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Fish stocks around the world have fallen considerably, with stocks of cod, in particular, being heavily depleted. Most experts agree that the current levels of consumption are unsustainable.
A study by Science magazine (2006) claimed that every seafood species would fall below commercially viable levels by 2048.
There are a number of reasons for the depletion of fish stocks, including:
A lack of property rights over the sea, as ownership is difficult, if not impossible, for individuals to establish.
There is also information failure because fishermen do not know the size of available fish stocks.
Externalities are also associated with fishing, given that fisherman fail to take into account the impact of their actions on others, including the impact of over-fishing on other fishermen in the future.
The high fixed cost of boats is also an incentive to fish as much as possible in order to cover the fixed costs.
Fishermen are often heavily subsidised, which encourages them to catch more. This happens in the EU, through the Common Fisheries Policy.
There is also a Prisoner’s Dilemma, which means there is an incentive for fishermen to catch as much as they can because that is what they expect others to do. A prisoner’s dilemma is any situation where the ‘pay-off’ from an action depends upon decisions made by other parties. This means that an individual’s behaviour is influenced by the predictions that they make about how others will react in response to their behaviour. In this case, fishermen may predict that all other fishermen will try to catch as much as they can before the stocks run out. The combined outcome is that shrinking stocks encourage more fishing and not less! Even if fishermen agree to limit their catch many will expect others to cheat, hence cheating would become the ‘norm’.
Finally, widespread pollution of the sea has also contributed to the gradual depletion of fish stocks.
There are a number of possible remedies for reducing the rate of fish stock depletion, including, attempts to reduce the demand for fish, and to increase the supply of fish.
The quantity of fish caught could be reduced by:
Establishing or extending property rights over the sea, although this would be difficult to implement and police.
Imposing a special conservation tax on fishing. However, the effectiveness of such a tax would depend upon the elasticity of demand for fish.
Introducing a complete or partial ban on fishing. In 2005 the UK government, implementing EU Common Fisheries Policy, imposed a limit of 178 days on fishing days for British boats operating in the North Sea. However, there would be a welfare loss if ‘too little’ fish are caught, including the loss jobs. An alternative approach might be get fishermen to sign up to a voluntary ban, though there may be an incentive to cheat.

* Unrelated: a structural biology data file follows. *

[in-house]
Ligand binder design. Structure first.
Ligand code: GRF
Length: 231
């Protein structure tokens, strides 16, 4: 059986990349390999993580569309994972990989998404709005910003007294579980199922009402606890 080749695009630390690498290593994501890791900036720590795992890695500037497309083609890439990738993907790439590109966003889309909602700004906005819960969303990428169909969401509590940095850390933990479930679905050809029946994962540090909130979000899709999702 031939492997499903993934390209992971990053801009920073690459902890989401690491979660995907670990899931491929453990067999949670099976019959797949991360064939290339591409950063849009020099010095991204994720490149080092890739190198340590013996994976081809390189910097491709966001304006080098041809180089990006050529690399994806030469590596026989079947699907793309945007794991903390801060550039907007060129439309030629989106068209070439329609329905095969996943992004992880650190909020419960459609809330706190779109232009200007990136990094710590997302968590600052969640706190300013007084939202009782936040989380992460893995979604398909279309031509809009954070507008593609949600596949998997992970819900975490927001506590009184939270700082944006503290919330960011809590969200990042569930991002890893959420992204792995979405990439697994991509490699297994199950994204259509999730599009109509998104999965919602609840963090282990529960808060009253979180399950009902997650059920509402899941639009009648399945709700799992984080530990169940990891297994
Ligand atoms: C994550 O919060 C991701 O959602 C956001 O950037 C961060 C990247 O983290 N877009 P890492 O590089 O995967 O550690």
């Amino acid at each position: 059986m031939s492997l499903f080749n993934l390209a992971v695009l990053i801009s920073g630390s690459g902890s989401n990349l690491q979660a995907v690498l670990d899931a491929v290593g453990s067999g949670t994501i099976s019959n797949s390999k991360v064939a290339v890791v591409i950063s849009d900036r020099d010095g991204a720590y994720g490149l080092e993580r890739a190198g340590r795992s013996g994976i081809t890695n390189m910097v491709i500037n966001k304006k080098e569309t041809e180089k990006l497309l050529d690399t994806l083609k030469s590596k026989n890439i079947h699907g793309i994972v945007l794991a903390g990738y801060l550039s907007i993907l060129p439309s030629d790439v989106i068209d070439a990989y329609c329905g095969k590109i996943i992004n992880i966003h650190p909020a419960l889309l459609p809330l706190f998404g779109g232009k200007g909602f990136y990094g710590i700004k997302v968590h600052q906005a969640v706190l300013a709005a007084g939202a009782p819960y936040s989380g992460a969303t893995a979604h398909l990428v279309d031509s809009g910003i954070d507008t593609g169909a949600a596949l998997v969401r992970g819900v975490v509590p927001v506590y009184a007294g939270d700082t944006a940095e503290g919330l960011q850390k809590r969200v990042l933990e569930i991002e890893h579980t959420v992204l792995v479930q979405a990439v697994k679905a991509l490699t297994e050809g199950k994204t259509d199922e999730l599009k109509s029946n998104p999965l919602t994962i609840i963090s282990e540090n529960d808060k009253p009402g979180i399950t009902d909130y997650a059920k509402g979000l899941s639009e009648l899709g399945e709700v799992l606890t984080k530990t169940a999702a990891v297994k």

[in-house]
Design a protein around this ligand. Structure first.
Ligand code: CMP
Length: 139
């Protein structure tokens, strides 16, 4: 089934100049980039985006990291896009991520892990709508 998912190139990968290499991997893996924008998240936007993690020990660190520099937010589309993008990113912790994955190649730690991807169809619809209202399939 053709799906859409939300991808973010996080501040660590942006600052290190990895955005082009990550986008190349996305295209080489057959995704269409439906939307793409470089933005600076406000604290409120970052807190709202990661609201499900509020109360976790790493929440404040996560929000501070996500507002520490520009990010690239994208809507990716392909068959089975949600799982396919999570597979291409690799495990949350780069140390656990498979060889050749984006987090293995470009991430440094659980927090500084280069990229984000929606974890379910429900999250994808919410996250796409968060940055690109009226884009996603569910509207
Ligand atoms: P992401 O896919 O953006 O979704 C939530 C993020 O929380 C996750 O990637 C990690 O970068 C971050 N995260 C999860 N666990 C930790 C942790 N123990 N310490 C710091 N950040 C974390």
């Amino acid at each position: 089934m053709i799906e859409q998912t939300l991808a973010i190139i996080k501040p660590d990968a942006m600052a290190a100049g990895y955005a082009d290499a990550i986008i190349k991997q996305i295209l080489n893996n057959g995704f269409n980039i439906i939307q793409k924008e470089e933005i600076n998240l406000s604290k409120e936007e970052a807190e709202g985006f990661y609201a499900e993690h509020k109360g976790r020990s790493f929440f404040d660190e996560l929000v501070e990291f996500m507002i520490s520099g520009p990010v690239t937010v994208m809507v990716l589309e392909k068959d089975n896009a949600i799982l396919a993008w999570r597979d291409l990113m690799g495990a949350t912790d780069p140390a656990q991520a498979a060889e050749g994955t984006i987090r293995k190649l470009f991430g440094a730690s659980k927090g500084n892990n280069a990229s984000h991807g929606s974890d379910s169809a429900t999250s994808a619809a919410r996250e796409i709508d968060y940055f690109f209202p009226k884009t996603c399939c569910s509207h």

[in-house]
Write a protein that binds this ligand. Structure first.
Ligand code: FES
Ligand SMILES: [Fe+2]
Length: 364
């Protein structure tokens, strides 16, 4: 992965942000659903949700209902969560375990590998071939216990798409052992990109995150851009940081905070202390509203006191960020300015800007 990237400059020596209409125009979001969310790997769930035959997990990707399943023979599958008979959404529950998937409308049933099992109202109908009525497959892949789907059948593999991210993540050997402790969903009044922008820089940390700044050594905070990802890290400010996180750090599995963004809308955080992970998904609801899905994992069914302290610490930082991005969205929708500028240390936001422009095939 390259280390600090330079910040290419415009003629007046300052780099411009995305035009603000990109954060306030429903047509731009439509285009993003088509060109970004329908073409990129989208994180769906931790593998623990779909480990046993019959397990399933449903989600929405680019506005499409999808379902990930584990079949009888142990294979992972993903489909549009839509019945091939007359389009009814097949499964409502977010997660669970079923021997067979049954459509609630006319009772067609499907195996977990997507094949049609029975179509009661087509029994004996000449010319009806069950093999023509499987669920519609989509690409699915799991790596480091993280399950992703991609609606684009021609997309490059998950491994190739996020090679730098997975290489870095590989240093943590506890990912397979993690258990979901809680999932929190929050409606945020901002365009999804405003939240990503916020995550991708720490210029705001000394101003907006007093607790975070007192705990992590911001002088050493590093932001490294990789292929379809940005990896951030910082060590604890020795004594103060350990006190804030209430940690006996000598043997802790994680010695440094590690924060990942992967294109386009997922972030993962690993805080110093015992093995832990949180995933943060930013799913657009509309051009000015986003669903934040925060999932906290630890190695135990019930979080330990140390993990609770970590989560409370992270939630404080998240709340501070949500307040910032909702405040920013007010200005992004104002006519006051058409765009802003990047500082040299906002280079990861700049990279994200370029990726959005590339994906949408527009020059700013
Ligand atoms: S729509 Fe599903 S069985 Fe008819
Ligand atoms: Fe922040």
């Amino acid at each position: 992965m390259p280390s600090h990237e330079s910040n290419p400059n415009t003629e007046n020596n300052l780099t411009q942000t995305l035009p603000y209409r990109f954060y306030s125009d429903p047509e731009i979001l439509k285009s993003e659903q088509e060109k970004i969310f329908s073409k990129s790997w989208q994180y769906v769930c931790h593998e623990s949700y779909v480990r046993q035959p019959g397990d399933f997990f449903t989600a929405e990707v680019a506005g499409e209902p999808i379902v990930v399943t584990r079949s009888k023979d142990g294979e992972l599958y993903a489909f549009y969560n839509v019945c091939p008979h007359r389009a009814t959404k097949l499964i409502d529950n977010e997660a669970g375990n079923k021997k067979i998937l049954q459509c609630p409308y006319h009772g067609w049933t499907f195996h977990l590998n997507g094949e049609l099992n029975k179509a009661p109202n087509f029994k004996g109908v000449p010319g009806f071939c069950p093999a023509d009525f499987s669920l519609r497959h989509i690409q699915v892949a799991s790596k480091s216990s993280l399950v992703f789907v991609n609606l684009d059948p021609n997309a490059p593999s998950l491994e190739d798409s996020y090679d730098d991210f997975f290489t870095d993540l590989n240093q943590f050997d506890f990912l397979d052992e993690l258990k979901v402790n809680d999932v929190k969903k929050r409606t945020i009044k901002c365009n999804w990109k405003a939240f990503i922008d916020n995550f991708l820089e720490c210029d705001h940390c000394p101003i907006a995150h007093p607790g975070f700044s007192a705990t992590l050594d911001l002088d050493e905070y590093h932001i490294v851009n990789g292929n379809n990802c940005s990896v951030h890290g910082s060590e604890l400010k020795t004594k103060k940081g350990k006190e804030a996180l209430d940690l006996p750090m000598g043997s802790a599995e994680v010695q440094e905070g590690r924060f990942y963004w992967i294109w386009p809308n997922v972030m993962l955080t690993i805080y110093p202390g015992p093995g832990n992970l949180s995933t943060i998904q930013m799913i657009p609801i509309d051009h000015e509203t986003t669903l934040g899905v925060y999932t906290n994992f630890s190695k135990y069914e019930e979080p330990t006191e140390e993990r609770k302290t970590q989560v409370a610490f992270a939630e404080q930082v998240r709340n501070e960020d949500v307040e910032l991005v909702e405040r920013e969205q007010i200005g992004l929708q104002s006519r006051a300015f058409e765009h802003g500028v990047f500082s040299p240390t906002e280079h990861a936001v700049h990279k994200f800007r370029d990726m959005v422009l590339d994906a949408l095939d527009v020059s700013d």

Authorities can also reduce the size of fish quotas, especially for cod, which are at levels close to extinction. In 2005, the EU reduced quotas for cod, herring, and whiting by 15%.
Authorities can also legislate to limit the size of nets, or to increase the size of the mesh – to enable the smaller fish to escape being caught.
Authorities can also issue special permits to fish, as a way of controlling the number of fishermen, or fishing days.
Better information for fishermen on the current size of fish stocks, and estimates for the future.
Reduce or abolish subsidies - in 2002, through its Common Fisheries Policy, the EU agreed to stop subsidising boat building - the Common Fisheries Policy of the EU covers:
Conservation of fish stocks
Creation of a single and organised market for fish, and an external fisheries policy regarding other countries
Increasing the supply of fish
Reducing demand will lead to a replenishing of fish stocks, but supply can also be targeted directly, such as by giving subsidies to fish farmers. However, this would take time, and uses scarce resources which could be spent elsewhere.
A mixture of the above is likely to be the most effective in the long run, with the emphasis on a reduction in the amount of fishing undertaken. The case of fish highlights two basic strategies for reducing many market failures; either by altering behaviour by using the price mechanism, or circumventing the price mechanism and imposing solutions through legislation.
If fishing is over-restricted, there is also a net welfare loss.
The socially optimal level of fishing is at Q1, but restricting output to Q2, say through a partial ban, would result in lost economic welfare of EBF.
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